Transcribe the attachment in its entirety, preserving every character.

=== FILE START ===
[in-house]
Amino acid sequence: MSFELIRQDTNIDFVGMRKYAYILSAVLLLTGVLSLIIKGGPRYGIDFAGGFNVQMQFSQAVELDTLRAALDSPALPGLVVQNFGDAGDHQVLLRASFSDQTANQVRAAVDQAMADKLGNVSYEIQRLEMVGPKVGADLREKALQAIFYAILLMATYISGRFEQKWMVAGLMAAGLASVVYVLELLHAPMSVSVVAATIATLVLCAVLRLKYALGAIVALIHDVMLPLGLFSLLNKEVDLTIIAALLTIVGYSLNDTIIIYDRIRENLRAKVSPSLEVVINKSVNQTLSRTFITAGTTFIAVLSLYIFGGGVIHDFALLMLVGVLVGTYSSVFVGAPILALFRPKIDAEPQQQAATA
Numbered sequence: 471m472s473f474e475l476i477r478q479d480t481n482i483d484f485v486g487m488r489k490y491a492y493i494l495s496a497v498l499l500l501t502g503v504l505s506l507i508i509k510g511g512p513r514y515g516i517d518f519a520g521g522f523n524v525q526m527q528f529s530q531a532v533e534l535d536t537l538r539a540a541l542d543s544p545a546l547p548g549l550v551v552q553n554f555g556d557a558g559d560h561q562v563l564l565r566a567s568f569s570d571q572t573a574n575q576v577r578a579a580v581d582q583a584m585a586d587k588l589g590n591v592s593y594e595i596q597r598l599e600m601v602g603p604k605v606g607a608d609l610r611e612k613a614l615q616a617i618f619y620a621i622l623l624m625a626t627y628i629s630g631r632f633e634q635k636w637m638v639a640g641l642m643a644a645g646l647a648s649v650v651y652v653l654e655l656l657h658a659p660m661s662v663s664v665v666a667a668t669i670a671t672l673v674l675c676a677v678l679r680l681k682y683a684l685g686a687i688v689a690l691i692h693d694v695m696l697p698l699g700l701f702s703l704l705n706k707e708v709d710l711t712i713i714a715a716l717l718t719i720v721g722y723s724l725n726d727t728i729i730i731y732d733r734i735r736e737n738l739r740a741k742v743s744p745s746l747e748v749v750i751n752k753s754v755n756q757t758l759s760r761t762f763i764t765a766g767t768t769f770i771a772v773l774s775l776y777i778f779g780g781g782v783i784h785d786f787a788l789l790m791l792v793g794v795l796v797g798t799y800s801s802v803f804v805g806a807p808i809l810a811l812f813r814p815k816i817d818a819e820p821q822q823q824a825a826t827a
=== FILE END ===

[in-house]
Amino acid sequence: MSFELIRQDTNIDFVGMRKYAYILSAVLLLTGVLSLIIKGGPRYGIDFAGGFNVQMQFSQAVELDTLRAALDSPALPGLVVQNFGDAGDHQVLLRASFSDQTANQVRAAVDQAMADKLGNVSYEIQRLEMVGPKVGADLREKALQAIFYAILLMATYISGRFEQKWMVAGLMAAGLASVVYVLELLHAPMSVSVVAATIATLVLCAVLRLKYALGAIVALIHDVMLPLGLFSLLNKEVDLTIIAALLTIVGYSLNDTIIIYDRIRENLRAKVSPSLEVVINKSVNQTLSRTFITAGTTFIAVLSLYIFGGGVIHDFALLMLVGVLVGTYSSVFVGAPILALFRPKIDAEPQQQAATA
Numbered sequence: 471m472s473f474e475l476i477r478q479d480t481n482i483d484f485v486g487m488r489k490y491a492y493i494l495s496a497v498l499l500l501t502g503v504l505s506l507i508i509k510g511g512p513r514y515g516i517d518f519a520g521g522f523n524v525q526m527q528f529s530q531a532v533e534l535d536t537l538r539a540a541l542d543s544p545a546l547p548g549l550v551v552q553n554f555g556d557a558g559d560h561q562v563l564l565r566a567s568f569s570d571q572t573a574n575q576v577r578a579a580v581d582q583a584m585a586d587k588l589g590n591v592s593y594e595i596q597r598l599e600m601v602g603p604k605v606g607a608d609l610r611e612k613a614l615q616a617i618f619y620a621i622l623l624m625a626t627y628i629s630g631r632f633e634q635k636w637m638v639a640g641l642m643a644a645g646l647a648s649v650v651y652v653l654e655l656l657h658a659p660m661s662v663s664v665v666a667a668t669i670a671t672l673v674l675c676a677v678l679r680l681k682y683a684l685g686a687i688v689a690l691i692h693d694v695m696l697p698l699g700l701f702s703l704l705n706k707e708v709d710l711t712i713i714a715a716l717l718t719i720v721g722y723s724l725n726d727t728i729i730i731y732d733r734i735r736e737n738l739r740a741k742v743s744p745s746l747e748v749v750i751n752k753s754v755n756q757t758l759s760r761t762f763i764t765a766g767t768t769f770i771a772v773l774s775l776y777i778f779g780g781g782v783i784h785d786f787a788l789l790m791l792v793g794v795l796v797g798t799y800s801s802v803f804v805g806a807p808i809l810a811l812f813r814p815k816i817d818a819e820p821q822q823q824a825a826t827a